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  • The Roadshow Archive

    Fake Remington & Russell Bronzes

    Appraised Value:

    $1,000 - $1,600

    Appraised on: July 23, 2011

    Appraised in: Tulsa, Oklahoma

    Appraised by: Sebastian Clarke

    Category: Metalwork & Sculpture

    Episode Info: Tulsa, Hour 2 (#1602)

    Originally Aired: January 9, 2012

    slideshow IMAGE: 1 of 5 Next 

    More Like This:

    Form: Sculpture
    Material: Bronze, Marble
    Period / Style: 20th Century
    Value Range: $1,000 - $1,600

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    Comment

    Appraisal Video: (4:50)

    appraiser

    Appraised By:

    Sebastian Clarke
    Decorative Arts, Furniture, Metalwork & Sculpture
    Senior Vice President, English & Continental Furniture
    Doyle New York

    Appraisal Transcript:
    GUEST: I brought four bronzes. I brought three Russells, which are this one, this one, and this one-- Charles Russell-- and this is a Frederic Remington bronze.

    APPRAISER: Where did you purchase them from?

    GUEST: At an auction.

    APPRAISER: All in the same auction?

    GUEST: All in the same auction.

    APPRAISER: Okay, and may I ask, do you remember how much you paid for all of these items?

    GUEST: I think it was between $2,000 and $2,500.

    APPRAISER: For the group?

    GUEST: Yeah.

    APPRAISER: And your main intention of coming to the Roadshow today was to find out whether these were authentic or not.

    GUEST: Yeah, that, and there were so few of these made, especially these three, that it's hard to find prices on them.

    APPRAISER: Sure. There are three here, supposedly by Charles Marion Russell, and then the fourth is the Remington bronze. On the Roadshow, we see some amazing things. We see some amazing bronzes, we see some also wonderful, sort of more decorative items. Should these items be correct, the values would be considerable. This bust, which is by Frederic Remington, of The Savage would be tens of thousands of dollars. This Charles Marion Russell, titled Smokin' Up, would be approximately $10,000. And then these two smaller Charles Marion Russells would be around about $3,000 or $4,000 each.

    GUEST: Mm-hmm.

    APPRAISER: Unfortunately, all of the bronzes are not correct.

    GUEST: Really?

    APPRAISER: Yes. This one here, The Savage, there were only a few of them cast during his lifetime, and none of them were on a marble base. So immediately, when you see a marble base, alarm bells go off, especially with Remington bronzes. Secondarily, it's a very well-documented later casting. There are hundreds, if not thousands, of examples out there of the later casting. And so this one, we're very confident, my colleagues and I, that this is a later example.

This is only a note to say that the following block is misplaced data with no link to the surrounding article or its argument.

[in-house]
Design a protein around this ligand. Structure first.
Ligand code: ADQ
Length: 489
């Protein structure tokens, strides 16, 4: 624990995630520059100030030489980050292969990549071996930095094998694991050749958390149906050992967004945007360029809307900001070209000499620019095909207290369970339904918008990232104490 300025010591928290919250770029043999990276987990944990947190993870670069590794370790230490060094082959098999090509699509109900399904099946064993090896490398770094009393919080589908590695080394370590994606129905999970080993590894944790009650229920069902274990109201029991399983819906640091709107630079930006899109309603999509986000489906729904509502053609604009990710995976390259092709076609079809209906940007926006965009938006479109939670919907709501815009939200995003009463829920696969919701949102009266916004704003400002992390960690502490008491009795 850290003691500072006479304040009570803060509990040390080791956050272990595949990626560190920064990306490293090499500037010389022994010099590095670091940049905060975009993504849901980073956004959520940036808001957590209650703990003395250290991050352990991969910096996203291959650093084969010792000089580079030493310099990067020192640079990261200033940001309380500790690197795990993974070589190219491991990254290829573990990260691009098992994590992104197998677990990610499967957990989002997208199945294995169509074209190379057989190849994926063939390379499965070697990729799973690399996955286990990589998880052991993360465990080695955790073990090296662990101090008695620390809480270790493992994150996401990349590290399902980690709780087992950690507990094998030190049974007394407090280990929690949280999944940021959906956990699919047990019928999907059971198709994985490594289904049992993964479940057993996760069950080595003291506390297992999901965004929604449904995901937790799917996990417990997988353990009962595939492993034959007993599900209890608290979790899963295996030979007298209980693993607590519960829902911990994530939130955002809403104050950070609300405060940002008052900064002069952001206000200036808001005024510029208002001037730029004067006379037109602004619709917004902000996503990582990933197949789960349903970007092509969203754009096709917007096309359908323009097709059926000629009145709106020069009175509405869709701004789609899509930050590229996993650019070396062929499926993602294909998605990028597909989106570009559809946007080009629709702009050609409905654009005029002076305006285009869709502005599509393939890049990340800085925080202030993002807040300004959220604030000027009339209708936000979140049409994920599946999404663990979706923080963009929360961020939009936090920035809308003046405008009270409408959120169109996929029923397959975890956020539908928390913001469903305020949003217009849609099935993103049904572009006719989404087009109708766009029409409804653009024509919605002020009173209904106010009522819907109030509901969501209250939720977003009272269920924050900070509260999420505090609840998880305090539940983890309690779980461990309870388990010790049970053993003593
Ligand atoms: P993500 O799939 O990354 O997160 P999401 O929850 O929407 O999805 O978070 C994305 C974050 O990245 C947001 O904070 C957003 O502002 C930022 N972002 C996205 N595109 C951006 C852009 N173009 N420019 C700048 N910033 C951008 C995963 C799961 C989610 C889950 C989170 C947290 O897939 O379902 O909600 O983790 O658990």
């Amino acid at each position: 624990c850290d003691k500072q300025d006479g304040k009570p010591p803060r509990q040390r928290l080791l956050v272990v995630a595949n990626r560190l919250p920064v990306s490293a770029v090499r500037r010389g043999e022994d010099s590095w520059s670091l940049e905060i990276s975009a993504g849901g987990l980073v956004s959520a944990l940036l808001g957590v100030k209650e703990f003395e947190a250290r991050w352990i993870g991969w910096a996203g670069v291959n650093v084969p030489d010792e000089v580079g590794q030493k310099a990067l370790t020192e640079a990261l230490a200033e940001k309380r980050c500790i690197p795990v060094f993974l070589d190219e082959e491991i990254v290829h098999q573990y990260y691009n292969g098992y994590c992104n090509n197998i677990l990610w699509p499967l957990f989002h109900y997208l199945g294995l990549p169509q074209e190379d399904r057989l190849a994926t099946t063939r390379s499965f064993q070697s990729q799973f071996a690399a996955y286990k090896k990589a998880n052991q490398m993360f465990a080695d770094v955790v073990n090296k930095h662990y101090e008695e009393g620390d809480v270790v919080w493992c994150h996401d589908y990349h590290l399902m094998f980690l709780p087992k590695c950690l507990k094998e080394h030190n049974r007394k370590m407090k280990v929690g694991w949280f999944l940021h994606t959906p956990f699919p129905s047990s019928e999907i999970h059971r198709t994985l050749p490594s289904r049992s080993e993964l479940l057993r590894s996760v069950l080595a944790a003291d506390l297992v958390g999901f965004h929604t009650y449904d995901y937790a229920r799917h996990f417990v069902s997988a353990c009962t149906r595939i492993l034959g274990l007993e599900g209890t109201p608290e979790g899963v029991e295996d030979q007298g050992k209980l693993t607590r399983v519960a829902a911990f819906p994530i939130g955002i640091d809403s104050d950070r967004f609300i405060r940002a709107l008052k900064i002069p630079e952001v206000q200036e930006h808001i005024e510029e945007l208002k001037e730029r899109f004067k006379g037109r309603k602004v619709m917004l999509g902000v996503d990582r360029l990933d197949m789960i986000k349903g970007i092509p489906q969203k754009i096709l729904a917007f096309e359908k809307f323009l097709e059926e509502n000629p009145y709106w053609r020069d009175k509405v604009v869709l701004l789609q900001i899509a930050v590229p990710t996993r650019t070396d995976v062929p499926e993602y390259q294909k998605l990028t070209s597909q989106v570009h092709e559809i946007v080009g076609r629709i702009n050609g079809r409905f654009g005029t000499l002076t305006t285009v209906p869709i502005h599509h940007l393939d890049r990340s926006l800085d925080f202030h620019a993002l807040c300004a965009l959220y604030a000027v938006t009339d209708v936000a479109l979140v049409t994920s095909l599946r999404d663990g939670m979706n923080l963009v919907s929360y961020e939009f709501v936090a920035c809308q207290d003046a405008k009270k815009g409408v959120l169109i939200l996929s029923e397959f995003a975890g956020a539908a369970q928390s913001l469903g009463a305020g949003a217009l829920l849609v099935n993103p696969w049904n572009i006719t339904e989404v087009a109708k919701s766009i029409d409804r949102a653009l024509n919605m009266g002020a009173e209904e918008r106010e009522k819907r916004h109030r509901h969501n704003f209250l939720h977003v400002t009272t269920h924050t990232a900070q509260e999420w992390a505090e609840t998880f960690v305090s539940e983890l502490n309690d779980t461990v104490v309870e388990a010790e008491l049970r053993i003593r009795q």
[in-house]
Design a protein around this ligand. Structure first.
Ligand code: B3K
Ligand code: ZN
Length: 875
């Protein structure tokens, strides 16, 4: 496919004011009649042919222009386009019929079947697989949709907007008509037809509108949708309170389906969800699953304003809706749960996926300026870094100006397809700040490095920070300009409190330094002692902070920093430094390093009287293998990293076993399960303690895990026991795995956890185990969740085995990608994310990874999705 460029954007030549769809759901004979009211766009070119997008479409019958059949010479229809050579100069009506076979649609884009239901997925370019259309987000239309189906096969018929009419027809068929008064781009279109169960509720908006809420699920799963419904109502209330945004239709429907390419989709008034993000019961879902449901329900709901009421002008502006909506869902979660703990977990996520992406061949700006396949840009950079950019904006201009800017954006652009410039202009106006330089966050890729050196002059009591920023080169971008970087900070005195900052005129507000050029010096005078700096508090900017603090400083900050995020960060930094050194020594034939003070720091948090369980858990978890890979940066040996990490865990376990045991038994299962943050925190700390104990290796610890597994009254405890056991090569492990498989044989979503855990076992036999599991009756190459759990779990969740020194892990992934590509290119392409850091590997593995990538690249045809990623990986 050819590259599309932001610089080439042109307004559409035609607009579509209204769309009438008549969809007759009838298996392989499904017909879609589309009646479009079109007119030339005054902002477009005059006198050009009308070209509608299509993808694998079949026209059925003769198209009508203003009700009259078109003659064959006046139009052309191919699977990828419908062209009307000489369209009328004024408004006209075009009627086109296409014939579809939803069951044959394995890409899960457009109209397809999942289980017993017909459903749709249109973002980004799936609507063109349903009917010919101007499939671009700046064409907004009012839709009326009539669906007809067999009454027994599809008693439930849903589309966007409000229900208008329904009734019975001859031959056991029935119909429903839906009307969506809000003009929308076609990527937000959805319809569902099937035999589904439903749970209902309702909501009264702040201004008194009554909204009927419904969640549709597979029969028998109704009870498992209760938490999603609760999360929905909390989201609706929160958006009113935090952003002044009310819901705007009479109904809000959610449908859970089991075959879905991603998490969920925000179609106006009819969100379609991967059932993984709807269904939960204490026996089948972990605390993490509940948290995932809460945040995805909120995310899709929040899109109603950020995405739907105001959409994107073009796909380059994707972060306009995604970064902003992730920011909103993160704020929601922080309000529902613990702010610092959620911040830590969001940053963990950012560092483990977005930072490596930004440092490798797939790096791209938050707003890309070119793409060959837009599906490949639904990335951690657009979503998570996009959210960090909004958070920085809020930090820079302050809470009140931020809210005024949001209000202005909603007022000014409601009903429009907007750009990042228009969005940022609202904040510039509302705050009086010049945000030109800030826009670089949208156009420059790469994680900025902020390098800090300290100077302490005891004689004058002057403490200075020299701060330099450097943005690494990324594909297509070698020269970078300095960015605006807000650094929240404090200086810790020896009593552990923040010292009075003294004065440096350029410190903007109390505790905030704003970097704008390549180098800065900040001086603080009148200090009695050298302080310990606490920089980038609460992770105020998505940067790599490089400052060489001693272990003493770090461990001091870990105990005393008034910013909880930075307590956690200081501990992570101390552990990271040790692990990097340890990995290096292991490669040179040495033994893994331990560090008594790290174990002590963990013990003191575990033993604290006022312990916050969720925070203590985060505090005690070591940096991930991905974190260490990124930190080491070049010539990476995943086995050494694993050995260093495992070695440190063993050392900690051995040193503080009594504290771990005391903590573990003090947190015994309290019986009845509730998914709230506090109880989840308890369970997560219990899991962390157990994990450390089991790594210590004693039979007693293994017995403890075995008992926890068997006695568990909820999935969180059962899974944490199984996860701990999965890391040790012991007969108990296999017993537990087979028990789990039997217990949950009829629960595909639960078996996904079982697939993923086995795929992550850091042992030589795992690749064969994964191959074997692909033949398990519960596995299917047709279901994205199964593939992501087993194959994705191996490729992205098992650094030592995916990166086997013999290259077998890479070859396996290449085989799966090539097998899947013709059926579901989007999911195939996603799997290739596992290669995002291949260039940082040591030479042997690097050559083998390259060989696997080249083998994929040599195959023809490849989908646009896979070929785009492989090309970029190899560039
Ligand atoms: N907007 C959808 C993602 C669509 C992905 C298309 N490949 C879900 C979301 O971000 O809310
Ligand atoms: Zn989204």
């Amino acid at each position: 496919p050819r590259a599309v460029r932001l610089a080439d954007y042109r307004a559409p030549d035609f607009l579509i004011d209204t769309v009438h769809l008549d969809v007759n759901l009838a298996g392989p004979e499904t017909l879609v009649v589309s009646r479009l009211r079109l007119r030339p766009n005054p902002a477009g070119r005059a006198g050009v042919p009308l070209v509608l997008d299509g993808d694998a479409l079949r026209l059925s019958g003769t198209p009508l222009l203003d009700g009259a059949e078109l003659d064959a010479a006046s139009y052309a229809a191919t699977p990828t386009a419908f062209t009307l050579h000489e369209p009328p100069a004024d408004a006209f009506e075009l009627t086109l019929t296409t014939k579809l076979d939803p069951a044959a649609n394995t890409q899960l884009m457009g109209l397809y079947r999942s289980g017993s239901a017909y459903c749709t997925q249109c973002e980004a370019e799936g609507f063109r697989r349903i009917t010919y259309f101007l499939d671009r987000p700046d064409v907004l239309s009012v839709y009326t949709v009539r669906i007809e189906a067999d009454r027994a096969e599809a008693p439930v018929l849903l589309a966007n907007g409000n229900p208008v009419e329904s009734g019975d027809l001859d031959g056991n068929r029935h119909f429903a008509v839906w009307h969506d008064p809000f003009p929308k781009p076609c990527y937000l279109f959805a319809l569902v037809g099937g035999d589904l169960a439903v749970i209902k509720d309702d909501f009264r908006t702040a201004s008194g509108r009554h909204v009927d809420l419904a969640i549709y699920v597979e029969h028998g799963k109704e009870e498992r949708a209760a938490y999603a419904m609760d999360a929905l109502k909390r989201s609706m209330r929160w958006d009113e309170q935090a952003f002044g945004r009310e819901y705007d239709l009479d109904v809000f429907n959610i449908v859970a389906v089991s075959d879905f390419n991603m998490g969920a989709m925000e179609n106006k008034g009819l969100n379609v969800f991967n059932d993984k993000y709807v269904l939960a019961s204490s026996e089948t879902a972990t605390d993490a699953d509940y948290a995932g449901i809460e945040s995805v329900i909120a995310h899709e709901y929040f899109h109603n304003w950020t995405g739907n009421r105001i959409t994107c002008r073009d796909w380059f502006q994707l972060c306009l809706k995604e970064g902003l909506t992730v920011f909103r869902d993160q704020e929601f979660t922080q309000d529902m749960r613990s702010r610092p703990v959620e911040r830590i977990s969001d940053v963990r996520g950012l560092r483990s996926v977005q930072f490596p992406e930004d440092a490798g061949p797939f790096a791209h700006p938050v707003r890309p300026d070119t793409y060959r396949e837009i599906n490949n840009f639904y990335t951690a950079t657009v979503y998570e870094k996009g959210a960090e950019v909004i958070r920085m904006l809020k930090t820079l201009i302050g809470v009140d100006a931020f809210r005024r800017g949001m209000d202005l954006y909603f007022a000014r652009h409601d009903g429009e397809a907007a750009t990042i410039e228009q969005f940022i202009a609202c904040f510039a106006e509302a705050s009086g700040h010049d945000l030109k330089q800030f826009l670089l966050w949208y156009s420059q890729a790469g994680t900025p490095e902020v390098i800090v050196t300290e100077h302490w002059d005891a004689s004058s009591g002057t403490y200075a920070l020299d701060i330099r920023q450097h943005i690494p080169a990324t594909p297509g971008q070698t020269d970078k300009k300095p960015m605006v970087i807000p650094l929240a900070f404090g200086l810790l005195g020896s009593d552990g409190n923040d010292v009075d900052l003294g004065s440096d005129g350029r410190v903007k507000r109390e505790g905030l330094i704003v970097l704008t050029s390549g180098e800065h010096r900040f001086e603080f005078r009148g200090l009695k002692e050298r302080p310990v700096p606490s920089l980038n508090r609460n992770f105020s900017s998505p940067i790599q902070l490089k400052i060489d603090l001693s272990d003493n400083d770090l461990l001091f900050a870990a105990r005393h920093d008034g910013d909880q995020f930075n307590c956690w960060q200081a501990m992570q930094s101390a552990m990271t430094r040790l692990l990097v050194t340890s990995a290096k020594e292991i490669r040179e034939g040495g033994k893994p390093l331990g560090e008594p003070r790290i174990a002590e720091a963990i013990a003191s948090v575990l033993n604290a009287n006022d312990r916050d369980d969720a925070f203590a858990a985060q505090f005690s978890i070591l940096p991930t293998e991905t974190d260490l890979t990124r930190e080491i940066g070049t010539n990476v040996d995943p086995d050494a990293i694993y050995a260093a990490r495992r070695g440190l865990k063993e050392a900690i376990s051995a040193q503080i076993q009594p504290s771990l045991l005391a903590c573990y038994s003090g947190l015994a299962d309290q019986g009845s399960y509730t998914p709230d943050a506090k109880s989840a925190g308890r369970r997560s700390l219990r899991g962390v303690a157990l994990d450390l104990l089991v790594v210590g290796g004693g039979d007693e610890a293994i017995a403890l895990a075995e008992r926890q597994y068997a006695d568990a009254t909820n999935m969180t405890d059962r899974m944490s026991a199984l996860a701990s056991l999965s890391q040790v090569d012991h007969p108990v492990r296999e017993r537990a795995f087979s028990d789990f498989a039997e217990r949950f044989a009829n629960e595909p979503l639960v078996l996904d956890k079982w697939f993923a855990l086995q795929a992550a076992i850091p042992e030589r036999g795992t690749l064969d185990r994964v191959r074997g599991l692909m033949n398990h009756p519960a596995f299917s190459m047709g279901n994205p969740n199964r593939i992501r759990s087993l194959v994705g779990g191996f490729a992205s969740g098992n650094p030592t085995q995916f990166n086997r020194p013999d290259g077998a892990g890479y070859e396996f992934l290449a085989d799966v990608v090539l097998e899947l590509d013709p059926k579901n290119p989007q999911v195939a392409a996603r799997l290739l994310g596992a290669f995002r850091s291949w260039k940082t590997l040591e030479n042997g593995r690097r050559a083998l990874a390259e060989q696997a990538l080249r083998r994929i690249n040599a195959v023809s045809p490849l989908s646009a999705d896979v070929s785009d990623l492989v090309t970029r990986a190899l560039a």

GUEST: You had said earlier, if we were able to remove it from the marble base, we may be able to see if there was a number stamped on the underside.

    APPRAISER: But in many cases, if there was additional information on the underside, it simply would have never been mounted to the marble base. These two as well, the two smaller Russell bronzes, also are later castings. The quality is not quite where we want to be with these. And one of these, when we turn this on its side, you can see right here and right here, and in fact all around, it's just not the base that we want to see with these. They would have a completely different finish to the base, and they wouldn't have this patina, so this has been done intentionally to sort of deceive a potential buyer. And then on this one, one of the things which I noticed immediately, which is a very sneaky thing, it's a later casting, but they spelled Russell's name incorrectly. So it says "C.M. Russll," but there's no "e" in his name. And my colleague Eric Silver was telling me that they frequently did that to avoid copyright issues.

    GUEST: Wow.

    APPRAISER: And then there are other features. The cowboy's face is just... the quality is not quite as good as the examples that we have documented of Russell's work. Each of these artists, with Frederic Remington and then in turn Charles Marion Russell, both of them were dead by 1926. Each of these were probably cast after their lifetimes, I would say anywhere from the 1940s, the Remington may have been cast as late as the 1960s. So now we come to value. We know they're later castings, and you had paid about $2,500 at auction. This one, The Savage, at auction, is maybe worth $300 or $400.

    GUEST: Unless there's a number under there.

    APPRAISER: Unless there's a number under there, which I am extremely confident that there is not. And in the case with this, where you've also got the plaque, it's just very, very unlikely. There are so many things playing against its favor.

    GUEST: Yeah.

    APPRAISER: And with these two smaller Russell bronzes, they are worth around about $300 each for these two. And then this one here, there's actually... I found similar examples with the incorrect spelling at auction, and they're bringing between about $300 and $500 at auction.

    GUEST: Yeah. Well, it looks like I made a bad buy, huh?

    APPRAISER: Sometimes a deal is too good to be true, you know, often it is sort of thing. We just ask our buyers to be very cautious. Remington was the most faked, for lack of a better phrase, of the American sculptors out there, and we see, in every city, dozens of them.

    GUEST: Really? I guess I'd have to compare it with an older one.

    APPRAISER: Yes, indeed. Well, thank you very much for bringing them onto the Roadshow.

    GUEST: Okay, thank you, okay.




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